- whether members of minorities or certain vulnerable categories of people in prison are more likely to experience lock-up.
The research will include interviews with people who have experienced prolonged isolation.
- Examination of recent national international developments in medicine, psychology and law which will provide a fully up-to-date evidence base on the physical and psychological impact of solitary confinement and restricted regimes, and relevant human rights standards and jurisprudence.
- Analysis of international approaches to reduce/abolish the use of solitary confinement, including comparisons with neighbouring jurisdictions, and identification of international best practice models/solutions and innovations.
- Development of policy proposals and recommendations to counter security and “operational” arguments for the use of solitary confinement and restricted regimes, and to ensure the highest levels of transparency, oversight and accountability where any individual has restricted access to general regimes
IPRT now wishes to commission an expert researcher to provide quantitative and qualitative multi-disciplinary research on solitary confinement in Ireland.
- Primary or postgraduate degree in a relevant discipline;
- Demonstrated knowledge of the Irish criminal justice system and/or critical human rights issues in Ireland;
- Experience in a range of research methods both quantitative and qualitative (incl. conducting interviews and undertaking desk-based research);
- Ability to liaise with relevant key stakeholders involved in the Irish criminal justice system;
- Experience in producing high quality research to publication standard;
- Exceptional attention to detail and ability to adhere to strict budgetary and deadline requirements;
- Maintenance of detailed, accurate and fully evidenced time-keeping records.
Invitation to Tender
IPRT invites submissions of tenders to deliver the specific project detailed below:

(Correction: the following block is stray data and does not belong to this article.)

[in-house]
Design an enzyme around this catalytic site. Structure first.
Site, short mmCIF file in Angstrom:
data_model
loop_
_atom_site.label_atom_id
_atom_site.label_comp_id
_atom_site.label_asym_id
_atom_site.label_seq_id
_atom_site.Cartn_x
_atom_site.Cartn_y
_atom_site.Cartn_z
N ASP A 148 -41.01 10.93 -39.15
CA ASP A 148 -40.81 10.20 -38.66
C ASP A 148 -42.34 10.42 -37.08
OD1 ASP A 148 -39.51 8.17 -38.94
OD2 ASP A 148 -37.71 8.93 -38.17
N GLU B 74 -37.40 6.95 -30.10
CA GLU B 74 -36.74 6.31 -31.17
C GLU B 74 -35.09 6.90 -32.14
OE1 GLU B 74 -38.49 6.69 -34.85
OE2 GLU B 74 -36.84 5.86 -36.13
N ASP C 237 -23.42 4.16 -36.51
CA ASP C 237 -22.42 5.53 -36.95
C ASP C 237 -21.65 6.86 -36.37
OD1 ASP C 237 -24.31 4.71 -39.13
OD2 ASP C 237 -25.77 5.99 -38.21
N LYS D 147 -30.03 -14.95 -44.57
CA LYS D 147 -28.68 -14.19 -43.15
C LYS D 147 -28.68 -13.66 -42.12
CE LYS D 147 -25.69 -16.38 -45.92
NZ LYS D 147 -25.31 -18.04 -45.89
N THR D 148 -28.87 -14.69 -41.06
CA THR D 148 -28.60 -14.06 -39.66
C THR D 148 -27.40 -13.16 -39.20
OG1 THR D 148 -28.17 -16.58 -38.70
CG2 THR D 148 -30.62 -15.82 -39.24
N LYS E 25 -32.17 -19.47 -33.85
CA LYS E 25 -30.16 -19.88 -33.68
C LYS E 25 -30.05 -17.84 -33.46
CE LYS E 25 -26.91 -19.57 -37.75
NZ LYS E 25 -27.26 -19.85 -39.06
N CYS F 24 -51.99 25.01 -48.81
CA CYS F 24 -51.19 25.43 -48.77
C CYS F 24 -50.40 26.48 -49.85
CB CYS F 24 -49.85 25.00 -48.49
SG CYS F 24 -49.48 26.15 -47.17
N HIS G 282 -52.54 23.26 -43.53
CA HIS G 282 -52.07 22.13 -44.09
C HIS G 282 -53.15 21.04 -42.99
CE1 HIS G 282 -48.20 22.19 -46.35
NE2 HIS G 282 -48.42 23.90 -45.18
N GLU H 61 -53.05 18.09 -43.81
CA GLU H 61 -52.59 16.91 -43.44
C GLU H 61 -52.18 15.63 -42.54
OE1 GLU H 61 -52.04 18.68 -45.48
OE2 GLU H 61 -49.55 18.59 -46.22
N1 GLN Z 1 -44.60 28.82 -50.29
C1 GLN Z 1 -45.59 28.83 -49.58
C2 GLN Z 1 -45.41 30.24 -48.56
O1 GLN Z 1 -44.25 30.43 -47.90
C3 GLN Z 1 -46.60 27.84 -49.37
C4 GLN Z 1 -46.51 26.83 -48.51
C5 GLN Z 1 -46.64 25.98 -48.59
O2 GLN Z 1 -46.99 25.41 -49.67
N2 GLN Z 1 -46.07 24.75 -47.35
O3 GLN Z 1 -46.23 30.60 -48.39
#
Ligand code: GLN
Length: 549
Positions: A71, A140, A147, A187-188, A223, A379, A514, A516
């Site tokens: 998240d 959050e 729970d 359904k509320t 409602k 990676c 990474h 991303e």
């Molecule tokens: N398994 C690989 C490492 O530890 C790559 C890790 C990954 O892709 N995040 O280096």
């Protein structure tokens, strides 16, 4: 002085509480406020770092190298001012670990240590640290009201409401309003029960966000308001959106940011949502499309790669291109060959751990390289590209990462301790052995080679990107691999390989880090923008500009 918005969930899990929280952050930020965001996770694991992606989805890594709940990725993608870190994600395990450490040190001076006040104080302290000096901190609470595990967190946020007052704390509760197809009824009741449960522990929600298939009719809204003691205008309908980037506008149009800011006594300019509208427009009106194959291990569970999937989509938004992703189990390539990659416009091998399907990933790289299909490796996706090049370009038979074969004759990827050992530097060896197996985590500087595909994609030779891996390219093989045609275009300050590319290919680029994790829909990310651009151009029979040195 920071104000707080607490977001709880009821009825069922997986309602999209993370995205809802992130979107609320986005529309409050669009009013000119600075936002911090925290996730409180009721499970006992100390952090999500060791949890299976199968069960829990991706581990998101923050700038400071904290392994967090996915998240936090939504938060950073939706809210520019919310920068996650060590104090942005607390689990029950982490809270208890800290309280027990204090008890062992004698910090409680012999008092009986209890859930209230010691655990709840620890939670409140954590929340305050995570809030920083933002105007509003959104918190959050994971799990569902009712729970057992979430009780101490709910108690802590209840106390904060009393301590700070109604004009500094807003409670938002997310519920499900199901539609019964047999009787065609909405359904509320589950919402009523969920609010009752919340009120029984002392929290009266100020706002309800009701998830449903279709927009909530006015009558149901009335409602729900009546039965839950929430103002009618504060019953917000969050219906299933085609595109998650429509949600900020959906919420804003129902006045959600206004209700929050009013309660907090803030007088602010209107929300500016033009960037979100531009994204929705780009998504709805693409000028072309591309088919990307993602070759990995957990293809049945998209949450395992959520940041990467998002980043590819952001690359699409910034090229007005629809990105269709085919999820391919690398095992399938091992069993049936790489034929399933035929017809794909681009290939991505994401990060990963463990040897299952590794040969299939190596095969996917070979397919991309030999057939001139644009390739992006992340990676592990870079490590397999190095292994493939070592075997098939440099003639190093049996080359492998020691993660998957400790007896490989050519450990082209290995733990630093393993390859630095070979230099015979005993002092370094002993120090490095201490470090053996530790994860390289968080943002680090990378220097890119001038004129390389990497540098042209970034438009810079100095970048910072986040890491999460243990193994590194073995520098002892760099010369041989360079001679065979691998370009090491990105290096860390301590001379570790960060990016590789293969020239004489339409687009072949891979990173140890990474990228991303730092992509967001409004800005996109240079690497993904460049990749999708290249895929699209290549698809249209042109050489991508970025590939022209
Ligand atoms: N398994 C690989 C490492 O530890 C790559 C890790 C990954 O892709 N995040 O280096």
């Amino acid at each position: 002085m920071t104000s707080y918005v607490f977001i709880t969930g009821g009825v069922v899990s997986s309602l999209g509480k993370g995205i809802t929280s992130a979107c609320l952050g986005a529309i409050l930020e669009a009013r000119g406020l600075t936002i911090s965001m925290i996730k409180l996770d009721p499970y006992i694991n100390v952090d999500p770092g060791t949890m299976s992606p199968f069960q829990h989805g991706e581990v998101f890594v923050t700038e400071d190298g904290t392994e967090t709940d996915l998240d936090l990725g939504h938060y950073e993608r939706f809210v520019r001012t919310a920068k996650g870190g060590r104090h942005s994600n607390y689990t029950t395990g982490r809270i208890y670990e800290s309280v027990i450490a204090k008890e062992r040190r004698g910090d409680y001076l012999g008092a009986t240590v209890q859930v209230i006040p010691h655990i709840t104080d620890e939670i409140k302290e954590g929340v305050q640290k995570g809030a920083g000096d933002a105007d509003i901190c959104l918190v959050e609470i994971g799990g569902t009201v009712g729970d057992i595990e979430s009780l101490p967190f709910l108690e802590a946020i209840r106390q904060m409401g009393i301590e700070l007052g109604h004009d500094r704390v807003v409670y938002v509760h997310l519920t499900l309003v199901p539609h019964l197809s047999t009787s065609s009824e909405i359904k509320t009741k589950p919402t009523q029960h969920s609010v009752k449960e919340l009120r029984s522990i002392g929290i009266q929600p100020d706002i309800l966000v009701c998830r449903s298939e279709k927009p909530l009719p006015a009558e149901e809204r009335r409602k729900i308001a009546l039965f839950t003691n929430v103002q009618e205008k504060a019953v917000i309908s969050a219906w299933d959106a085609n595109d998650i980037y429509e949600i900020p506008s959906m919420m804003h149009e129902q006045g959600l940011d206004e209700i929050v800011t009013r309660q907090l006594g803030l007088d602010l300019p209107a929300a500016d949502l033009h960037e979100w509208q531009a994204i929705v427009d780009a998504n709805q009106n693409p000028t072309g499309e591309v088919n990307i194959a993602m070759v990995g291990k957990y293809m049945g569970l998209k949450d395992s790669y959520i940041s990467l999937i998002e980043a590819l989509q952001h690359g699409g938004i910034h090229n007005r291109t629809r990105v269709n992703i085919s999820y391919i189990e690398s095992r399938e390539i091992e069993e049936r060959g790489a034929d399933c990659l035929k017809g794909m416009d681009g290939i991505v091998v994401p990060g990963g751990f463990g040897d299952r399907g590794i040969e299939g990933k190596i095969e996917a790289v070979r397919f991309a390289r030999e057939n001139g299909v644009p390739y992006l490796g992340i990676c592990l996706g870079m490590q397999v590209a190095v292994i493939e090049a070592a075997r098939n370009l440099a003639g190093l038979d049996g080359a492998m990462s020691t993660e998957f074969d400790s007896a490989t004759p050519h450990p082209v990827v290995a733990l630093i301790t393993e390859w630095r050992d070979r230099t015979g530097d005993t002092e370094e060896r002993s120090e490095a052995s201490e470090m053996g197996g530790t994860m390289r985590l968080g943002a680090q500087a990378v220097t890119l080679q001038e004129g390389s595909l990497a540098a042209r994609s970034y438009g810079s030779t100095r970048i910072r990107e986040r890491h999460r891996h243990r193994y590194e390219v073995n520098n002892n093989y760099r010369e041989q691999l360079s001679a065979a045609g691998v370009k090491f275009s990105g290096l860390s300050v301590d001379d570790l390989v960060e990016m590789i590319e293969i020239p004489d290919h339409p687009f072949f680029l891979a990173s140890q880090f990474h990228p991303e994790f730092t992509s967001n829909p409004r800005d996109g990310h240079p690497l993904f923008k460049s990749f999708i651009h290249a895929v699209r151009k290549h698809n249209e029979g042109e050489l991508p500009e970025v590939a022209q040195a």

|METHODOLOGY||Our project proposal envisaged the basic model set out below. We are, however, open to considering adapted models of delivery (with the agreement of the project funders) within the current budget and time constraints of the project:· Design of research plan to encompass quantitative and qualitative research methodologies;
· Literature review of developments in medicine, psychology and law since 2013, which will provide a fully up-to-date evidence base on the physical and psychological impact of solitary confinement and restricted regimes, alongside applicable human rights standards and relevant jurisprudence;
· Interviews and fieldwork with stakeholders and people who have experience of prolonged isolation;
· Analysis of international approaches to reduce/abolish the use of solitary confinement, including research of models of best practice and innovation;
· Development of policy proposals and recommendations to counter security and “operational” arguments for the use of solitary confinement and restricted regimes
|This is a fixed price contract for services costing no more than €10,000 (inclusive of V.A.T., travel, subsistence, word and data processing, printing, overhead expenses, and attendance at the launch event). IPRT will pay directly for design, dissemination, media work and launch event linked to the project. Payment may be phased and linked to progress.|